There is on this site already a question and answer that take a pretty comprehensive look at the difficulties this verse presents. However they do not, to my mind, really focus on the word "jealously" as it occurs here in James 4:5.
There are two Greek words, zeloute and phthonon, which are commonly translated "envy". phthonon occurs nine times in the N.T.
Mt 27:18 envy bad sense - wanting Jesus' power [?]
Mk 15:10 envy bad sense -to glory before the people,not desiring to be like Jesus for His sake [?]
Ro 1:29 envy bad sense associated with murder, strife and evil in many forms.
Ga 5:21 associated with evil in many forms.
Phl 1:15 a. with evil in many forms.
1 Tim 6:4 a. with evil.
3:3 Tit a. with evil.
James 4:5 under consideration.
1 Peter 2:1 "put away all malice and deceit and hypocrisy and envy" bad sense.
However zelos 6 examples:
Acts 17:5 bad envy, jealousy, "wicked men".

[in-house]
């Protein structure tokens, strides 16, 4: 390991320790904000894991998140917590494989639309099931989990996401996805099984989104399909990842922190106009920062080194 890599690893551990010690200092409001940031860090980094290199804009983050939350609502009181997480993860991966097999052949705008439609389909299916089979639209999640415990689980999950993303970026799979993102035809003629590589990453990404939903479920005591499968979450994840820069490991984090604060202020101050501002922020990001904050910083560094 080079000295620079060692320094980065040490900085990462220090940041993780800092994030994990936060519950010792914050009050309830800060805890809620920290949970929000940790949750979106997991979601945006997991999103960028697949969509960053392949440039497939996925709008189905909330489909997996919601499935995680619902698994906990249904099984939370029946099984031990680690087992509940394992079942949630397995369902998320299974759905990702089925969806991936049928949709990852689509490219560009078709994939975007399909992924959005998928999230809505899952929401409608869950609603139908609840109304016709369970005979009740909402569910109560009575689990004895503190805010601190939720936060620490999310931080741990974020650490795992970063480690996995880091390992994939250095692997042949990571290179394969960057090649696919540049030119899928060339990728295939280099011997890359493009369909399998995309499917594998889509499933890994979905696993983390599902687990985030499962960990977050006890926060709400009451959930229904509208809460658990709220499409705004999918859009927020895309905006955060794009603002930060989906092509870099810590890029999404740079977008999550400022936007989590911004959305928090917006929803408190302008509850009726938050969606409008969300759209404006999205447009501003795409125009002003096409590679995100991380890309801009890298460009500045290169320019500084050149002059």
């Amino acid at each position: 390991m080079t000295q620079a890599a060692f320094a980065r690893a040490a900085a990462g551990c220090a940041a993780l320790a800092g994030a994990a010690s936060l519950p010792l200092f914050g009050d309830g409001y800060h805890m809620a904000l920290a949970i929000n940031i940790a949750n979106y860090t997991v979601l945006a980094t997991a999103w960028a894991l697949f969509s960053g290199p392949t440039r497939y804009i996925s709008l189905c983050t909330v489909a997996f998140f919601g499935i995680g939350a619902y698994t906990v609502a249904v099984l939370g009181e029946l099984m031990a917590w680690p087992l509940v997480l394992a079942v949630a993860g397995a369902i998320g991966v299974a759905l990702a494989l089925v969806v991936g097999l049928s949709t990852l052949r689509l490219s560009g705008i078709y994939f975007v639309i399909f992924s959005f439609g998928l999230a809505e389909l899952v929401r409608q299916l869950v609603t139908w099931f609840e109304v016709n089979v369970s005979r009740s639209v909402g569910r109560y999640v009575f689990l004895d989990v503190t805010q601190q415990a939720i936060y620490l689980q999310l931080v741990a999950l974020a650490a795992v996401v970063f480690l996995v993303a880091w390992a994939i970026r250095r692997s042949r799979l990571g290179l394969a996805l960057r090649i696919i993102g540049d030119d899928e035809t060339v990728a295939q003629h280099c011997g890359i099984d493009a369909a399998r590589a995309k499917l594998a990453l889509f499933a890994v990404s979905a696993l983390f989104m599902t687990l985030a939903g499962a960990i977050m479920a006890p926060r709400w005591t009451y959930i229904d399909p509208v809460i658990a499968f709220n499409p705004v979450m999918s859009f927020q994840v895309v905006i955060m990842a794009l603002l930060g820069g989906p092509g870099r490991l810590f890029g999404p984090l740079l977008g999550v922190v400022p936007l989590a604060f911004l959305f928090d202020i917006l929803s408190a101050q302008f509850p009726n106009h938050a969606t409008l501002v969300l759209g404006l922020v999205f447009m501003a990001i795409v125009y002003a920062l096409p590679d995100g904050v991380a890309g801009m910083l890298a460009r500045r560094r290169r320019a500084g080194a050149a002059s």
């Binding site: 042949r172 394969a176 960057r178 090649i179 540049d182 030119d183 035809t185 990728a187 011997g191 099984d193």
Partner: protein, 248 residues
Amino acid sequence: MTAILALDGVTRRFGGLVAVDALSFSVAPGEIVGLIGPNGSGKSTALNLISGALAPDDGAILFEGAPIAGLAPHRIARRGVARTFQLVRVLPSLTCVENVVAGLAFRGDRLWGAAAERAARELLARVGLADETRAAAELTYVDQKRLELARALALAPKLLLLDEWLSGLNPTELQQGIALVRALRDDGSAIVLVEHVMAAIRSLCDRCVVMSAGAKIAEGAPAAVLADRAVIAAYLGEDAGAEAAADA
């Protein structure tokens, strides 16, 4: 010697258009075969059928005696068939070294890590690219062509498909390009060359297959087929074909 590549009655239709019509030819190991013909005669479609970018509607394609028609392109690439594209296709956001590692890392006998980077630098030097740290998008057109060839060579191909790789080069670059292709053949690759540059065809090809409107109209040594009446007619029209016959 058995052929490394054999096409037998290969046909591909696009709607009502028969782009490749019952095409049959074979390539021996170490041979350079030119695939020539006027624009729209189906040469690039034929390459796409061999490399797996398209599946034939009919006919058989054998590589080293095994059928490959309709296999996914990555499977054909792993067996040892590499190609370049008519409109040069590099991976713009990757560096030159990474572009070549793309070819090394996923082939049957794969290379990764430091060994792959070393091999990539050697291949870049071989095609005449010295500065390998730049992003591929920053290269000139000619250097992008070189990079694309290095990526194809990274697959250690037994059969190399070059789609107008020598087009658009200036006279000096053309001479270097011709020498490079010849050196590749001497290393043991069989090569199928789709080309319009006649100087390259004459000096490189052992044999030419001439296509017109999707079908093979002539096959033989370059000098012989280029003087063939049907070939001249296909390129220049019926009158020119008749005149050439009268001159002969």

1 Cor 12:31 good envy, earnestly desire, want the higher gifts.
1 Cor 13:4 bad envy, love does not envy.
2 Cor 11:2 good divine jealously, a desire for the best.
Ga 4:17 zelos, "for no good purpose" bad sense.
Ga 4:18 zelos "for a good purpose" good sense.
We see here that phthonon is never in a good sense, so far. But zelos is freely able to be in the good or bad sense.
We can also note that James uses both of these words in close proximity to each other in Ch 4. 4:2 "You zeloute and cannot obtain".
I suggest that in ch 4 James has just used zelos [v2] but chooses not to use it again in v5 because he wants a word that is unambiguously only ever associated with envy in its evil sense.
The E.S.V. goes against what I have laid out here by saying, He, God, does do phthonon. "He yearns jealously/phthonon".
How might the E.S.V. justify such a position? In this sense what does "jealously" mean in James 4:5?